Historic Filipinotown, located between Echo Park and Koreatown, may get its own design district. The community is mixed about the idea. Activists say it will lead to gentrification, but some residents want to see the area become more pedestrian friendly.
When you hear the term “design district,” what comes to mind? Maybe a neighborhood of fashion boutiques, fine art galleries and furniture and lighting showrooms like those lining Melrose Avenue, Robertson Boulevard, and Beverly Boulevard in the West Hollywood Design District.
Well, it turns out that the LA neighborhood of Westlake, located between Echo Park and Koreatown and encompassing MacArthur Park, is slated to become a design district. At least, that’s the vision of Councilman Mitch O’Farrell and his planning team.
An ordinance submitted to the Department of City Planning proposes creating a “North Westlake Design District,” which means approving more mixed-use buildings, adding pedestrian bridges at the expense of parking spots, and imposing regulations on everything from signage and design to the paint color of the buildings.
It’s part of a broader agenda to rezone L.A. toward pedestrians instead of cars. The changes would be focused on three major arteries: Temple Street, Beverly Boulevard and Third Street.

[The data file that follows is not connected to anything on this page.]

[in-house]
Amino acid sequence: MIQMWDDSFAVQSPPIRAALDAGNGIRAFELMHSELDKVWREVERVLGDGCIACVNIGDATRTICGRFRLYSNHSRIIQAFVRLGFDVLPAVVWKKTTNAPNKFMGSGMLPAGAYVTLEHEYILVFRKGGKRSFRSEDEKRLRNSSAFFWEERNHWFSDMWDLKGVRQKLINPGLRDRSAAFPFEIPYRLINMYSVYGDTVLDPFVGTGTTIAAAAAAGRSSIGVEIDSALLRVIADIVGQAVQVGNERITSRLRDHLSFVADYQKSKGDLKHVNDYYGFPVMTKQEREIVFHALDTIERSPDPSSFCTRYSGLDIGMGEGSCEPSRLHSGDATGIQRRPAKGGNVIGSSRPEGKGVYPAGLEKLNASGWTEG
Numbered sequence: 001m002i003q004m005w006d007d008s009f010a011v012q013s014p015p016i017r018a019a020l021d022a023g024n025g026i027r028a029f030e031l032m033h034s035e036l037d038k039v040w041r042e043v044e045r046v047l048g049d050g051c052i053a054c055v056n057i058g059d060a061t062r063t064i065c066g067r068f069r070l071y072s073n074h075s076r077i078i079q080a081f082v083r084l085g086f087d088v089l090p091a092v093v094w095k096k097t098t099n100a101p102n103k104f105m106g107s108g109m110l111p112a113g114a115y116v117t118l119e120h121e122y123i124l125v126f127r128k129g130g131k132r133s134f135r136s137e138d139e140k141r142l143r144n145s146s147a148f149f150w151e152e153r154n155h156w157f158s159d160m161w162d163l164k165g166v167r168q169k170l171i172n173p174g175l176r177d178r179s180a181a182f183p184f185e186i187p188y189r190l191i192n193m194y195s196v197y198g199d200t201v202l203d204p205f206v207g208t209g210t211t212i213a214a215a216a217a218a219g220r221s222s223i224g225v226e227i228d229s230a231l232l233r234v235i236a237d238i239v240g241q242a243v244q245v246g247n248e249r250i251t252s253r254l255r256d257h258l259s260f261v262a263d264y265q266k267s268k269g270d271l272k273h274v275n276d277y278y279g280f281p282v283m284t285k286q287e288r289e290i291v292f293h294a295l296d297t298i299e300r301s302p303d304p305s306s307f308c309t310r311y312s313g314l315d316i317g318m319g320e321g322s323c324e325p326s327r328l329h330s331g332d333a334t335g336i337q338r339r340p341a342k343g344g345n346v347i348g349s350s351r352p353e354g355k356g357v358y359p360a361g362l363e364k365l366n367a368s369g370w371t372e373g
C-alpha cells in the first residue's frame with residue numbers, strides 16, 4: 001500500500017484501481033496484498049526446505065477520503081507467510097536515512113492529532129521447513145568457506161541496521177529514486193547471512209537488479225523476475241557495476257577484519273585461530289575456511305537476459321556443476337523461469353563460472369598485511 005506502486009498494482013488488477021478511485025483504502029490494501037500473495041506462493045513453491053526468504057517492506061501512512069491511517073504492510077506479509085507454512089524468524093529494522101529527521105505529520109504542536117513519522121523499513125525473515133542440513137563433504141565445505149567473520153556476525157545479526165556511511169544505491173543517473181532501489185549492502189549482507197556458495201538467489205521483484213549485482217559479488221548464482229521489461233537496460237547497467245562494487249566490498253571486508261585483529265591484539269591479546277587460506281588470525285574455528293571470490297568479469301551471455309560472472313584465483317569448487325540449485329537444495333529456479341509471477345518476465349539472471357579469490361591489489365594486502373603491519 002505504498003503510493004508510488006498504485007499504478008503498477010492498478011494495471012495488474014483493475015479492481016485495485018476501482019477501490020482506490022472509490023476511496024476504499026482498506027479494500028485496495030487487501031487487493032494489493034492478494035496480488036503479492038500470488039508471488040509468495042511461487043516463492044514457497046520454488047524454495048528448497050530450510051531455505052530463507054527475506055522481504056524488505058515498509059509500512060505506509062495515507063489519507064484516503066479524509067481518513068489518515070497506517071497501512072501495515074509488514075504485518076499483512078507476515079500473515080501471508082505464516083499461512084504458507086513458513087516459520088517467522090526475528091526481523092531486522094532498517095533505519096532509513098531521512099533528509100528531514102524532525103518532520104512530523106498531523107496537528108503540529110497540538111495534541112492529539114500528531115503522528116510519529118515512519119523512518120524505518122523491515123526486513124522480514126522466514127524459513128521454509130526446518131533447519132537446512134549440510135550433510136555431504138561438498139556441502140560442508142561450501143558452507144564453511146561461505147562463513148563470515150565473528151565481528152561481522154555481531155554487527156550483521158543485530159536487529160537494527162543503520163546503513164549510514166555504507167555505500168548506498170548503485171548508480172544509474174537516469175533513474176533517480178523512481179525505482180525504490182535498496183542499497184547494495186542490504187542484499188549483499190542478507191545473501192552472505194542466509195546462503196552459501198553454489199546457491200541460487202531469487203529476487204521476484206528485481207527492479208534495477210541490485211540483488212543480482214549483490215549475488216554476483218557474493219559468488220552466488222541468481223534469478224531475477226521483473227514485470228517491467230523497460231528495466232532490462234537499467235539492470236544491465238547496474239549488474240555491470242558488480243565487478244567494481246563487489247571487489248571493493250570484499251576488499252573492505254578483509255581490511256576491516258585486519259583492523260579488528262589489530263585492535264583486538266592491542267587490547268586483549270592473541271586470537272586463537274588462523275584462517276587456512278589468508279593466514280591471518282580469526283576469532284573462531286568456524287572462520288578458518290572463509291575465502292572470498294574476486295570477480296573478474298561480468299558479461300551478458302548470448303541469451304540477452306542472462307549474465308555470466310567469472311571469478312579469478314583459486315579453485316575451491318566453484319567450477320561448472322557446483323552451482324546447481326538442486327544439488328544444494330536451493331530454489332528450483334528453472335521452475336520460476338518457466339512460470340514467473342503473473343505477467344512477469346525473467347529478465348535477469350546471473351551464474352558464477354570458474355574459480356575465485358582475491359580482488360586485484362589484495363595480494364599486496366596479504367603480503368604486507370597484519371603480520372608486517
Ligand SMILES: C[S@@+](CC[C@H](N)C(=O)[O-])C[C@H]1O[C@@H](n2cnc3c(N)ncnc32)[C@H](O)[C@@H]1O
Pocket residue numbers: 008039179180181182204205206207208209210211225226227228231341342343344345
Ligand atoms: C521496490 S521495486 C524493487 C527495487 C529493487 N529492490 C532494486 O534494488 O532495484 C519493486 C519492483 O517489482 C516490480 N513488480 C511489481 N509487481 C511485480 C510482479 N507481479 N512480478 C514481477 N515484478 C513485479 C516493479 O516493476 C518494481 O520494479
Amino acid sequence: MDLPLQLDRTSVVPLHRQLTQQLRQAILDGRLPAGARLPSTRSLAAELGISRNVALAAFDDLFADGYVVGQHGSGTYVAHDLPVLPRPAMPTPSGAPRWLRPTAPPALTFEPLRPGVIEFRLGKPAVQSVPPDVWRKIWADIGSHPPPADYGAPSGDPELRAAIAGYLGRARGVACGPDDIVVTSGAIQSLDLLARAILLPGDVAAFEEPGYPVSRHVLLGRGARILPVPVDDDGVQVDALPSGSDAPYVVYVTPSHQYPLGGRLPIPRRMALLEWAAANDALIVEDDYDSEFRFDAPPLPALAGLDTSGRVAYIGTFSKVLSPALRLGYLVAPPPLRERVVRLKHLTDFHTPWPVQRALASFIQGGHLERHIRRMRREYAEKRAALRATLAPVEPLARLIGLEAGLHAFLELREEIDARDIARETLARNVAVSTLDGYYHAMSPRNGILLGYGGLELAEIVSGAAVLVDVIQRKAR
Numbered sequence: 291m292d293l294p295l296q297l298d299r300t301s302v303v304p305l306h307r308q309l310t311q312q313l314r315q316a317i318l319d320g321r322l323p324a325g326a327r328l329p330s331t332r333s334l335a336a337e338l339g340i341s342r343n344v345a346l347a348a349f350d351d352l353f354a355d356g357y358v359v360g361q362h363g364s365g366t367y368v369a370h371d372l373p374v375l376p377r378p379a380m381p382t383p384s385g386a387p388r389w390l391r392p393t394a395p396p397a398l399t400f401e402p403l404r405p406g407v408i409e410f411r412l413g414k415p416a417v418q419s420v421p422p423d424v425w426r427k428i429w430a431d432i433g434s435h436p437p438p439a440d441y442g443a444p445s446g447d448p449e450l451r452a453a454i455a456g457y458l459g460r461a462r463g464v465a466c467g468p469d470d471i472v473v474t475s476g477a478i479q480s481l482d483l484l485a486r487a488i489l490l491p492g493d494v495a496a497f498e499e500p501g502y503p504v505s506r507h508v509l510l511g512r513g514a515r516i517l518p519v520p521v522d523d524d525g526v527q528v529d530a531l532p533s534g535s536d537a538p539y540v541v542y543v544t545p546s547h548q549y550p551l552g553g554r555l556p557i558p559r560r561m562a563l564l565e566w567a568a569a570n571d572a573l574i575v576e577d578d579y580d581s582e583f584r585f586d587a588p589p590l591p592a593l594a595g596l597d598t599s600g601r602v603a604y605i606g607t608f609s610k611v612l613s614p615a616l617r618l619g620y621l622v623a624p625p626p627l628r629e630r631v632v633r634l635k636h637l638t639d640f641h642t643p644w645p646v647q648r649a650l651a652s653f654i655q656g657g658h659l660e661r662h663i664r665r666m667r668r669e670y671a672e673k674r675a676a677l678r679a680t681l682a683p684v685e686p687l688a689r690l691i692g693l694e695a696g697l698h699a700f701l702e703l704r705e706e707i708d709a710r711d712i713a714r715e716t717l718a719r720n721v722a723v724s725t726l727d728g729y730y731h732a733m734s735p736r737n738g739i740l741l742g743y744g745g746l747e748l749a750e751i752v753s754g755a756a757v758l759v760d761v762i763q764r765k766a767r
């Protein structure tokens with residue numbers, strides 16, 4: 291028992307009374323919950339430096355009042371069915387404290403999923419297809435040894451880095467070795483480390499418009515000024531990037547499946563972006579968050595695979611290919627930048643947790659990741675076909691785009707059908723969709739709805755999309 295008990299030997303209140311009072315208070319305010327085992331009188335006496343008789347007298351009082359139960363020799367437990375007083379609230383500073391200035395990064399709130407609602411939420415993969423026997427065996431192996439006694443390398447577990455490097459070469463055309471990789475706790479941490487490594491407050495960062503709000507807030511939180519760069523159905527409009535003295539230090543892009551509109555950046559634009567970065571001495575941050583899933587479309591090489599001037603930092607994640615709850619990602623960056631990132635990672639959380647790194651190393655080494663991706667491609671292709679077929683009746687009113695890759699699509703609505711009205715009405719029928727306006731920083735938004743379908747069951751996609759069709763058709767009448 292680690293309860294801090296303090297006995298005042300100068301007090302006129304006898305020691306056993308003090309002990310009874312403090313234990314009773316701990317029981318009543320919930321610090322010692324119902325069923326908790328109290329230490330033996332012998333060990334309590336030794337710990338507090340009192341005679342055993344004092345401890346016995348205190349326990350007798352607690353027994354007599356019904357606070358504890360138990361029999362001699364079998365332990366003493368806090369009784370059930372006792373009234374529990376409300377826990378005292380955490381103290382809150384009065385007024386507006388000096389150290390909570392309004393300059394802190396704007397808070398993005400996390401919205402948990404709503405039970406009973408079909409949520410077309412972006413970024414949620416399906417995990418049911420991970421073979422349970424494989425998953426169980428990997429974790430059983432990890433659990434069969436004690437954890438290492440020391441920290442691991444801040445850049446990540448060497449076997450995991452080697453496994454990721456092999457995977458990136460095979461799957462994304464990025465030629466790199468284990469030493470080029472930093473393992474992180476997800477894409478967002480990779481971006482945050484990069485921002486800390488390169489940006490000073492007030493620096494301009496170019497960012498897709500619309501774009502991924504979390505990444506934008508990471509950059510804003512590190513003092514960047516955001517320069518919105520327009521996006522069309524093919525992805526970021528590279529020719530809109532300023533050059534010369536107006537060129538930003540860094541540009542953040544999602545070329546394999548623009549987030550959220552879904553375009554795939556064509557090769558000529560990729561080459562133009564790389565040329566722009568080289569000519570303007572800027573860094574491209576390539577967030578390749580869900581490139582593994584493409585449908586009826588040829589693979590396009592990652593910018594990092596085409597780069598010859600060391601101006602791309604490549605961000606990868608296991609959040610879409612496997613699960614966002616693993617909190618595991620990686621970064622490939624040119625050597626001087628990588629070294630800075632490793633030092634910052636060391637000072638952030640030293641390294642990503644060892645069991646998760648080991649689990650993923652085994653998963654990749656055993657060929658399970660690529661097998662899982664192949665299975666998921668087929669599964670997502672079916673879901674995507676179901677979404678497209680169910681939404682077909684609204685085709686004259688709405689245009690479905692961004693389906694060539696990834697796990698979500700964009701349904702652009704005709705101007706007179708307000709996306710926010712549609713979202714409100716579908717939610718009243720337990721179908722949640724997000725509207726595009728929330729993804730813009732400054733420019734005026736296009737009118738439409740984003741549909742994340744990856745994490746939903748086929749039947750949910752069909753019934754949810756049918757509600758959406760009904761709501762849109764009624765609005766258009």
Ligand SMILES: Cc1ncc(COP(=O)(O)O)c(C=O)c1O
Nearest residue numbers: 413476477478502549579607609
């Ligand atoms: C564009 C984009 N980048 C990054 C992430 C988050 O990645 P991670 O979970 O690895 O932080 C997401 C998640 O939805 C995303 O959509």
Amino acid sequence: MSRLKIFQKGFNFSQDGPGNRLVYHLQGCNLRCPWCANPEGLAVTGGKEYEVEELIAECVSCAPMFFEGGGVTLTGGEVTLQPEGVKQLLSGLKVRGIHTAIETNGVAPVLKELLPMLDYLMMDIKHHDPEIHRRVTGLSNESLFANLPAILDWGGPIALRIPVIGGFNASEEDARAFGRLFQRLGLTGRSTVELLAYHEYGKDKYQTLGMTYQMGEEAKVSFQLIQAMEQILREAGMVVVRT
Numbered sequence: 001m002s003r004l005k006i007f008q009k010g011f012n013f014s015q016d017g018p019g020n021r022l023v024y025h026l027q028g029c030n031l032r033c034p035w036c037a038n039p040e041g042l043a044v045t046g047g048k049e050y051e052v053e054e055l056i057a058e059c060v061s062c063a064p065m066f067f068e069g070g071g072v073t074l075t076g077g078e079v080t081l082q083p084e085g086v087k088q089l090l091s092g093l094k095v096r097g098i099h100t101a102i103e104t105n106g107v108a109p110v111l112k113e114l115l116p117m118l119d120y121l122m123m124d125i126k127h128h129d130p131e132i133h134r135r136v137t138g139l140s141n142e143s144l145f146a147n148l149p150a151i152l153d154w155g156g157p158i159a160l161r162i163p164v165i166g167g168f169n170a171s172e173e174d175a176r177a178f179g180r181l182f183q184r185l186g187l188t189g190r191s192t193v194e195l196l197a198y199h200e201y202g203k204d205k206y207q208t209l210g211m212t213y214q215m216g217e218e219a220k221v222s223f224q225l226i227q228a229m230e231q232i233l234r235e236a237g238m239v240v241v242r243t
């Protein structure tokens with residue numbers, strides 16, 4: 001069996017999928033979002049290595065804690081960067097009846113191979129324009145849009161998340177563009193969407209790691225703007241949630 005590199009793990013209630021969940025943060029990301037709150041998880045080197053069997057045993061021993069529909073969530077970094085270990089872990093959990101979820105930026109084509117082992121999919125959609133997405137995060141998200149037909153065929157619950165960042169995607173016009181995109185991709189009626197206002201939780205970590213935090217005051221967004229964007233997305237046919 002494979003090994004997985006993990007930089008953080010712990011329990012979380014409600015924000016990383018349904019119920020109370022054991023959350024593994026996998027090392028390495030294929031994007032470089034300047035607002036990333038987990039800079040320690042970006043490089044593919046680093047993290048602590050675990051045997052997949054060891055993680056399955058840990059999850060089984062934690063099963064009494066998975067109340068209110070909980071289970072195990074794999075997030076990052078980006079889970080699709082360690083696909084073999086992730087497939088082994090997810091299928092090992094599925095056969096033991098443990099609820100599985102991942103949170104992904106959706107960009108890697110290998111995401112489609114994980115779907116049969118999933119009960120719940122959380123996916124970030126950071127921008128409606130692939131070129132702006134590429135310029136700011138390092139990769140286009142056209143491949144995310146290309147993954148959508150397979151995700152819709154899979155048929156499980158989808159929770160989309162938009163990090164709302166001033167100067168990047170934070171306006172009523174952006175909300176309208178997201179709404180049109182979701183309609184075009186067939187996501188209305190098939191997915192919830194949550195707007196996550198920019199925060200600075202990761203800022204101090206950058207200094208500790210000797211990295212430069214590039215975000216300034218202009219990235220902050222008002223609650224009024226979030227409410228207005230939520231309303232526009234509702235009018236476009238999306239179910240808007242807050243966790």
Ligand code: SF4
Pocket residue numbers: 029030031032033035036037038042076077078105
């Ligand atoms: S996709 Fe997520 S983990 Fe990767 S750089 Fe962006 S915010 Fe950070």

The only problem? The neighborhood already has a name – Historic Filipinotown – and a strong cultural identity. Activists who created the Coalition to Defend Westlake in an effort to defeat the ordinance argue that it would exacerbate gentrification and lead to the displacement of low-income tenants in the historically immigrant community. The Coalition to Defend Westlake recently hosted two community meetings to discuss how the plan will affect the neighborhood.
Residents point to some of the radical changes that have changed the character of neighboring Echo Park, from the renovation of its lake to third-wave coffee shops lining Sunset Boulevard.
Some residents like the idea, like Joselyn Geaga-Rosenthal, a founder of the Historic Filipinotown Improvement Association. She says her family has lived in the neighborhood for more than 50 years and believes the ordinance would create safer streets. “This ordinance will help develop street-level businesses, pedestrian-friendly edifices that will encourage me and my neighbors to walk at night,” she said.
The project is still in flux. City planners insist that there’s no concrete timeline, and are very open to hearing more input from the community. They say there will be additional workshops and fielding feedback in the coming months.
Reporter Jennifer Swann talks to DnA about the mixed reaction in the community, how the ordinance might change the neighborhood and why some residents, like Arturo Garcia, are prepared to “fight” a design district “up to the end.”